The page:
Dear Thyroid,

You really aren’t so clever, you know. You think attack is something new, something radical. But you’ve got to realize that I, myself, am the best at attack and destruction. My mind’s been cutting away at pieces of my own cells for years and years, ever since childhood and well before you started dropping your hints here and there: well before the red hair; well before the yellow skin and childish rebellion in my back and legs and kidneys; well before the blotches of itches and puffy cheeks, and the so-many tears since; well before the years and lines of my life had been erased (and even with photographs before me I still can’t remember the stories everyone else seems to know by heart, which usually makes me cry too); and sometimes the dark skin lines to remind me how this body has stretched and squeezed into a new form. (As if I needed another reminder).

Doctors tell me you’re localized -- only you as that pretty butterfly shape at the base of my neck is affected. Well, I never liked butterflies anyway. They’re so delicate, like one pinch too hard and the wings disintegrate under the sticky hot fingers of children and beaks of birds. And I remember one summer when little black butterflies landed in twos or threes near our house. By the end of the day, we kids had caught so many and all but one of them had died just from the sheer pressure of fingers: index to thumb. Pretty things like butterflies never seem to last. I should have seen it coming. All those summers and paper-waif wings should have been the warning.

And so, I keep hearing the same thing: you can’t be cured; you’ll just stick around with all your complications and pain and embarrassment and all of the destruction you’ve already done. Whatever inkblot shape you’ve crafted for yourself inside of my neck will be left that way forever for me to keep interpreting and extracting some sort of meaning over and over and over. The only thing is that, I’m in the habit of fighting ugly things (and maybe even some things that are good and beautiful and don’t deserve a waged war. Sometimes lovely things just get in the way and end up in the battle). It’s nothing personal; it’s just my nature.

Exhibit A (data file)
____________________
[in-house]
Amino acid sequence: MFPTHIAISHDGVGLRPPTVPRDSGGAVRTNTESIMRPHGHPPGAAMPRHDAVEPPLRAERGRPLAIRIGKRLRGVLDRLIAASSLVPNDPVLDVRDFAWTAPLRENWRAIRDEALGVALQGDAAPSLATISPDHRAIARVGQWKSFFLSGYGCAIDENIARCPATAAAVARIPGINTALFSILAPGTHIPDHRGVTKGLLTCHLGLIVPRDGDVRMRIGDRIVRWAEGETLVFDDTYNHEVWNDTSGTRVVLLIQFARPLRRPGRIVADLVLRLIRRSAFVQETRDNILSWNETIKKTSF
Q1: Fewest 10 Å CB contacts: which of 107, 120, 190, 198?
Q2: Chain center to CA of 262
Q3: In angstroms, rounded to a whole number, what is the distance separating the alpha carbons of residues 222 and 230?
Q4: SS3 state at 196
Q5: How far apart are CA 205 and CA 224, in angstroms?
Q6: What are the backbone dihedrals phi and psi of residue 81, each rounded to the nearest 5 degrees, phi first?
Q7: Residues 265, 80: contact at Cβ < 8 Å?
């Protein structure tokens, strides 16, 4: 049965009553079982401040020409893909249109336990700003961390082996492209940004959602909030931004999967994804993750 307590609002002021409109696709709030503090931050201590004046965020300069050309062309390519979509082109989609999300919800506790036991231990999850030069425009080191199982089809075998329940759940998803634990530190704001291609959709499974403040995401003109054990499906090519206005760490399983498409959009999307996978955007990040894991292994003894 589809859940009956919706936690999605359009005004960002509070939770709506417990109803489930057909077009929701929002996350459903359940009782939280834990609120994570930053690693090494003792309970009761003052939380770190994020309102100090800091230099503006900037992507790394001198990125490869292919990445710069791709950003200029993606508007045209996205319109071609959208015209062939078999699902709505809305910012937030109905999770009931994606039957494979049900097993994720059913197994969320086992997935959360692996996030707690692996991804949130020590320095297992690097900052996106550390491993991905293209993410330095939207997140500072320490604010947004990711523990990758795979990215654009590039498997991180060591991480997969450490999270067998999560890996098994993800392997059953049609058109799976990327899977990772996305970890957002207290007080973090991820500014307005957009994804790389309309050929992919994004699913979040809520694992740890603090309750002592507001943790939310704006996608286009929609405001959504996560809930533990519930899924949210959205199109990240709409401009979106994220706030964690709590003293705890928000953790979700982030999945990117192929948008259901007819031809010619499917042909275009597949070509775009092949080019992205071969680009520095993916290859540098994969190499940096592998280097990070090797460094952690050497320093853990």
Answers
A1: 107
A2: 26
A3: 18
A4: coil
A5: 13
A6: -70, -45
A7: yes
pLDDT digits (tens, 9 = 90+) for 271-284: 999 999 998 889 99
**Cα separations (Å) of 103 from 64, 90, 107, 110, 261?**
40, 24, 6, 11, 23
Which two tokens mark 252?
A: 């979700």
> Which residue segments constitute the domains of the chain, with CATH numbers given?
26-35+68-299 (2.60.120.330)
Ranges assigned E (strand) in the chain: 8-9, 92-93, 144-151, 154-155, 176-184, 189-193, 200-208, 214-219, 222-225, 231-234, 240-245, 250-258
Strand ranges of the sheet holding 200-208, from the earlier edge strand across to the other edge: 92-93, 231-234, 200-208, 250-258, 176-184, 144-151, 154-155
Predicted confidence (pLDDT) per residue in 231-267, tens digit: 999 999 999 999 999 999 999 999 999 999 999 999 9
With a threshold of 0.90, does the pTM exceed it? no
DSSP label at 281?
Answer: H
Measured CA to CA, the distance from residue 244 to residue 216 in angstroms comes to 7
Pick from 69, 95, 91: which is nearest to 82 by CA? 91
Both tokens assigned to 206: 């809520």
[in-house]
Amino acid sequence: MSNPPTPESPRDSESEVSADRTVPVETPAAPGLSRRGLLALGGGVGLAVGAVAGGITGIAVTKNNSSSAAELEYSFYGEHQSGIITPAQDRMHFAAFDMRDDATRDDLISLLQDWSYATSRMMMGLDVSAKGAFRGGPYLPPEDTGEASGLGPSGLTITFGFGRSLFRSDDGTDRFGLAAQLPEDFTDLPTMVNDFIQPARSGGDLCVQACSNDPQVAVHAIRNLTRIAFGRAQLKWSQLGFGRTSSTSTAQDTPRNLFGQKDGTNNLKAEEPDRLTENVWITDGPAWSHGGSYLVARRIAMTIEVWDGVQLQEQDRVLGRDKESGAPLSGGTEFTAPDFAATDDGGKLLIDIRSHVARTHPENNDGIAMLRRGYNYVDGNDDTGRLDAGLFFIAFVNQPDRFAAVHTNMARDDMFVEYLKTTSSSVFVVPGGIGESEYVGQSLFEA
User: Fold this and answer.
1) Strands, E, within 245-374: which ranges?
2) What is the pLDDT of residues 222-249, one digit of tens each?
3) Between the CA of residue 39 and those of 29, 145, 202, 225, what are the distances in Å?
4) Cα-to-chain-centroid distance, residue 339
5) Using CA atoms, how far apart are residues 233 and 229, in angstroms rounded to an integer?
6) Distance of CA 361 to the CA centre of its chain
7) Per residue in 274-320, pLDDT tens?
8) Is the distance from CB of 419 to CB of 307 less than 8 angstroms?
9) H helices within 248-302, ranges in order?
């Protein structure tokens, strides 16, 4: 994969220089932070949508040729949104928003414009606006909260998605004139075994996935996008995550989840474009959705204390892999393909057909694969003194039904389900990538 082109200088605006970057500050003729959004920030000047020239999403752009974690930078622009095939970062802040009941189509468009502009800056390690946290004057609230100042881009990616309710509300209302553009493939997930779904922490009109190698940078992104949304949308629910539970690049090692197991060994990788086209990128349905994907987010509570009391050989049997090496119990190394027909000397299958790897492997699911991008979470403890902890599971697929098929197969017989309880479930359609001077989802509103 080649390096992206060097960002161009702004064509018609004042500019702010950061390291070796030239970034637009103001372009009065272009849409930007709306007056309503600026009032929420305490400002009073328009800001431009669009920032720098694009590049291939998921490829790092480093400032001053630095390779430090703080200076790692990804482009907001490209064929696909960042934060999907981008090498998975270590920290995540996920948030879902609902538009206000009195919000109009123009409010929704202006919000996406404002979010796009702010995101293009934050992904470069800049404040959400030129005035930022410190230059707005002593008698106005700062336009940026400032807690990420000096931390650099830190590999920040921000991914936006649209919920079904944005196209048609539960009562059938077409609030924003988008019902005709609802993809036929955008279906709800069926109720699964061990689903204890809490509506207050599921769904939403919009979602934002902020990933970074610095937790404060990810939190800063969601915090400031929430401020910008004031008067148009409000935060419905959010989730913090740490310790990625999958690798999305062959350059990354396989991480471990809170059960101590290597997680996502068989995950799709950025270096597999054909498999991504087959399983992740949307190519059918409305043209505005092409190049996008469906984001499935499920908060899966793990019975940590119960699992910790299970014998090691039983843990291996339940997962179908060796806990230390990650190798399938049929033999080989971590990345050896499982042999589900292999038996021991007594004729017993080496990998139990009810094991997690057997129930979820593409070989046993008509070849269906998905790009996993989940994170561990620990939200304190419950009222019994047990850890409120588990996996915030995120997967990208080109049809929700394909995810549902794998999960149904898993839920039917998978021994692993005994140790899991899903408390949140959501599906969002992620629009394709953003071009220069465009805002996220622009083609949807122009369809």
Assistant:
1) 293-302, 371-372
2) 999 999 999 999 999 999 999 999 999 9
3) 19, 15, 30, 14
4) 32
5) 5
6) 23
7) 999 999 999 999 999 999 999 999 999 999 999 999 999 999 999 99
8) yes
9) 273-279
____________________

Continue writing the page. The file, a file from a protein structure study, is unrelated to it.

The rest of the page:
So look, there’s something I’ve gotta tell you; something you need to know: as close as we’ve grown over the years, as much as I know about you and as much as I think of you everyday, as much as you’ve taught me, as many new and good people as you’ve introduced me to, there’s something you should know. I think it’s only fair to warn you -- to be perfectly honest with you...
Thyroid, Hashimoto’s Thyroiditis, I’m going to kick your ass and you won’t know what hit you.

Love Always,
Liz Schau

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Anonymous @hyperchondria said...

What a great read to start off a beautiful sunny day. The song "How many people want to kick some ass?" is running through my head. Thank you for sharing what's in your heart. Facing thyroid challenges can be so isolating. You helped remind me that I'm not not alone. Best wishes!!

April 24, 2009 at 5:49 AM  
Blogger monikawithak said...

Liz, you sound like you have it in you to kick ass. Rock the socks off your thyroid!

April 24, 2009 at 2:24 PM  
Anonymous Anonymous said...

i admire this blog for the strength that the words give you !!! good luck :)

April 25, 2009 at 6:47 AM  
Blogger Übermilf said...

I'll hold Hashimoto's down while you punch and kick it, then you hold it down while I punch and kick it.

Stupid punk ass Hashimoto's. You messed with the wrong chicks this time.

April 25, 2009 at 3:55 PM  
Anonymous Anastasia said...

Goodness, I love this letter.

What is the email address for contributing?

April 27, 2009 at 6:23 PM  

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